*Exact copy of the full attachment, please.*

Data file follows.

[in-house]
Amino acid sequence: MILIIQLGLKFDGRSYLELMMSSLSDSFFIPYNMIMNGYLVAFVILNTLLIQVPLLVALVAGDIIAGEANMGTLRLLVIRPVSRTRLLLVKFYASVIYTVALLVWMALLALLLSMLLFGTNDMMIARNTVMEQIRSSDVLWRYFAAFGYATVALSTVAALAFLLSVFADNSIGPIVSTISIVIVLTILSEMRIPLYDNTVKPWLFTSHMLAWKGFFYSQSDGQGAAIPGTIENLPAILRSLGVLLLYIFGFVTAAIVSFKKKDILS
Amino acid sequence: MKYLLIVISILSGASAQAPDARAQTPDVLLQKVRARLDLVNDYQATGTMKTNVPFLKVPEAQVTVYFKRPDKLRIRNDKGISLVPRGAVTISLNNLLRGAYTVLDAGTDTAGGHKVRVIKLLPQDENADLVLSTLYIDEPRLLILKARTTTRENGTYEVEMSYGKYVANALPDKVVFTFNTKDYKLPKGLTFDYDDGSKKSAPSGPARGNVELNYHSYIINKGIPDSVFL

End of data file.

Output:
[in-house]
Amino acid sequence: MILIIQLGLKFDGRSYLELMMSSLSDSFFIPYNMIMNGYLVAFVILNTLLIQVPLLVALVAGDIIAGEANMGTLRLLVIRPVSRTRLLLVKFYASVIYTVALLVWMALLALLLSMLLFGTNDMMIARNTVMEQIRSSDVLWRYFAAFGYATVALSTVAALAFLLSVFADNSIGPIVSTISIVIVLTILSEMRIPLYDNTVKPWLFTSHMLAWKGFFYSQSDGQGAAIPGTIENLPAILRSLGVLLLYIFGFVTAAIVSFKKKDILS
Amino acid sequence: MKYLLIVISILSGASAQAPDARAQTPDVLLQKVRARLDLVNDYQATGTMKTNVPFLKVPEAQVTVYFKRPDKLRIRNDKGISLVPRGAVTISLNNLLRGAYTVLDAGTDTAGGHKVRVIKLLPQDENADLVLSTLYIDEPRLLILKARTTTRENGTYEVEMSYGKYVANALPDKVVFTFNTKDYKLPKGLTFDYDDGSKKSAPSGPARGNVELNYHSYIINKGIPDSVFL